to the Colorado Court of Appeals Court of Appeals Case No.
Attorneys for Petitioner: Douglas K. Wilson, Public Defender
Michael C. Mattis, Deputy Public Defender Denver, Colorado
Attorneys for Respondent: Cynthia H. Coffman, Attorney
General John T. Lee, Assistant Attorney General Denver,
This case requires us to decide whether it was reversible
error for a trial court in a criminal case to provide the
deliberating jury with "unfettered and unsupervised
access" to a crime scene video and a video of a police
interview of the defendant, Ignacio Ray "Mike"
Rael. In People v. Rael, No. 10CA634
(Colo.App. Oct. 3, 2013), a unanimous division of the court
of appeals concluded that the trial court did not err in
either regard. In reaching this conclusion, the division
relied on our decision in DeBella v. People, 233
P.3d 664, 665-66 (Colo. 2010), in which we considered the
propriety of a trial court's order allowing the jury
unfettered access to the videotapes of a child sexual assault
victim's out-of-court interviews.
Although we disagree that DeBella provides the
appropriate framework for resolving this case, we agree with
the result reached by the division, namely, that the trial
court did not abuse its discretion in allowing the jury
unfettered access to the two videos during deliberations. In
our view, the jury was entitled to access the non-testimonial
crime scene video because that video did not present the same
risk of undue emphasis as do videos documenting
witnesses' out-of-court, testimonial statements (like the
videotapes at issue in DeBella). We likewise
conclude, based on the longstanding rule that a
defendant's confession is not subject to the same
limitations during deliberations as the out-of-court
statements of other witnesses, that the jury was entitled to
access the interview video.
¶3 Accordingly, we affirm the judgment of the court of
appeals and remand this case to that court for further
proceedings consistent with this opinion.
Facts and Procedural History
In October 2008, a man found his mother dead in the bedroom
of her apartment.
been beaten to death. No one had seen or heard the attack,
but witness statements and physical evidence gathered in the
ensuing investigation implicated Rael, who had been the
victim's boyfriend. The People eventually charged him
with first-degree murder after deliberation. Rael pleaded not
guilty to the charge, and the case proceeded to trial.
As part of its case-in-chief, the prosecution introduced into
evidence two videos: one showing the crime scene and the
other a police interview of Rael. Over Rael's objections,
the court admitted both.
The prosecutor played the crime scene video for the jury on
the first day of the presentation of evidence, during the
direct examination of the detective who had filmed that
video. From a first-person perspective, the video depicted a
soundless trip through the victim's apartment, from
outside the building to inside the bedroom where the
victim's body lay. After the video ended, the prosecutor
resumed the detective's direct examination, asking him to
describe what he saw as he had walked through each room and
the condition of the victim's body as he had found it.
The prosecutor also offered, and the court admitted, several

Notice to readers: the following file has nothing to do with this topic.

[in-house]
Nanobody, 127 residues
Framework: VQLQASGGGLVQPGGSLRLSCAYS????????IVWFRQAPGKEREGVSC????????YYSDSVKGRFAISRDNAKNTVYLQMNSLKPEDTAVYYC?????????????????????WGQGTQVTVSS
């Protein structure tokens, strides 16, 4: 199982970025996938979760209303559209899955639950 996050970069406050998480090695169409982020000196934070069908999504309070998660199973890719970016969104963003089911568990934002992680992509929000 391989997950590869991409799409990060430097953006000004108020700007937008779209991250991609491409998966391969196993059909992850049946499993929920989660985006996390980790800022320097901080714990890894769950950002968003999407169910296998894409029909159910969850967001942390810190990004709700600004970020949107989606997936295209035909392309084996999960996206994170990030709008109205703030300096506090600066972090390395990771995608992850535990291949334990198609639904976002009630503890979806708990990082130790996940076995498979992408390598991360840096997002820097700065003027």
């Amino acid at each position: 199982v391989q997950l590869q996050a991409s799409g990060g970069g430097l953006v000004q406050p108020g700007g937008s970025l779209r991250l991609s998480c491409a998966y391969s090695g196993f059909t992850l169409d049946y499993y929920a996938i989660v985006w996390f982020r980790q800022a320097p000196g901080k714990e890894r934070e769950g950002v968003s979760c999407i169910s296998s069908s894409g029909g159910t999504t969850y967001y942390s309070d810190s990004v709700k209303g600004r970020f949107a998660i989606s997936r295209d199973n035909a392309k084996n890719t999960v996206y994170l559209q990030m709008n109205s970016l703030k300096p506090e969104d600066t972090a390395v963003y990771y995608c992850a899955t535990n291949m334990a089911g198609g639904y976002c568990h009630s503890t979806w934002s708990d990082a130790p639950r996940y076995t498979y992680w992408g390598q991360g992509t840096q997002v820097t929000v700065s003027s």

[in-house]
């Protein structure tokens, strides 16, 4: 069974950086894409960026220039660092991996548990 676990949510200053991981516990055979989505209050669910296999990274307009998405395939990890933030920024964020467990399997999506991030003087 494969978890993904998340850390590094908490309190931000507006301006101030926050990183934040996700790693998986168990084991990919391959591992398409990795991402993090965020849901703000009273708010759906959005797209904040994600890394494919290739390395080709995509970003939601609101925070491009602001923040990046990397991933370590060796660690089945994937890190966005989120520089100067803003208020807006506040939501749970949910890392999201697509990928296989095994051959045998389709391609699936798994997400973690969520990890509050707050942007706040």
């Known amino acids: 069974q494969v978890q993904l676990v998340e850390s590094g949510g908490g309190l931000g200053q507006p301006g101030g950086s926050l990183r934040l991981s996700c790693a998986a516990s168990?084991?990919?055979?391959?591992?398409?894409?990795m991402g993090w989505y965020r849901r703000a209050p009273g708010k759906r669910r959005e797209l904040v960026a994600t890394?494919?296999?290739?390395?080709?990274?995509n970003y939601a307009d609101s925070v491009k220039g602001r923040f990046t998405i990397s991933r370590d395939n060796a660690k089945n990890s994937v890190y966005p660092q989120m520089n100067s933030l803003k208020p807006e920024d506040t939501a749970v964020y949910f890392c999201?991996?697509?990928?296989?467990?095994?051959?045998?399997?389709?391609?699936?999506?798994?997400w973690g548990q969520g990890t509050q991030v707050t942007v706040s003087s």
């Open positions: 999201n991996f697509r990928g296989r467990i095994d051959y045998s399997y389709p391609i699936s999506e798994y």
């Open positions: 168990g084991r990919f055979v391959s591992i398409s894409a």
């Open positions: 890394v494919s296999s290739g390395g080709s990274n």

photographs of the crime scene.
¶7 The detective then recounted an interview that he and
a colleague had conducted with Rael on the same day that the
victim's body was discovered. This interview had been
recorded, and the prosecution played a redacted version of
the video at trial. ¶8 In the interview, Rael denied
killing the victim, stating that he had not seen her since
the previous afternoon. He maintained that later that
evening, he and the victim's upstairs neighbor had gone
to a party, where he drank a twelve-pack of beer. He said
that he returned to the neighbor's apartment after the
party and that he and the neighbor then drank some more. He
conceded that at some point, he and the neighbor got into an
altercation in which he may have hit the neighbor multiple
times. He also recalled that while he was in the
neighbor's apartment, the victim yelled up to him,
"Hey, Mike, there's someone down here, "
referring to a visiting male friend. He denied that this made
him angry, although he said that he later went downstairs to
the victim's apartment, where he heard voices inside, one
of which he believed to be a man's voice. He claimed that
he banged on the door to be allowed in, but the victim would
not let him in. He admitted that this made him angry, but he
said that he simply left and "crashed" in a van
near the apartment.
The case went to the jury, and during their deliberations,
the jurors asked to view the two videos. Rael objected to
this request. Regarding the crime scene video, he argued that
he did not think the jury "should be given unlimited
access to highlight and repeat various portions." In so
arguing, he cited People v. Montoya, 773 P.2d 623
(Colo.App. 1989), and People v. Carter, 919 P.2d 862
(Colo.App. 1996), which he said might "shed some
light" on the jury's right to have access to the
crime scene video. With respect to the interview video, Rael
argued that granting the jury "complete control"
over that video could cause the jurors to "focus on it
unnecessarily [and] repeat it in an inappropriate
The court overruled Rael's objections, finding that the
cases that Rael had cited were "not [sic] longer good
law" and that under People v. McKinney, 80 P.3d
823, 829 (Colo.App. 2003), rev'd on other
grounds, 99 P.3d 1038 (Colo. 2004), the jurors could
"do whatever they want with it, just like any other
exhibit." The court therefore provided the jury with a
computer and DVDs of the two videos. Notably, with respect to
the interview video, the court instructed the clerk to act as
a "projectionist" for the jurors because the DVD
that was given to them contained a portion of the interview
that had not been shown during the trial. The court asked the
clerk to ...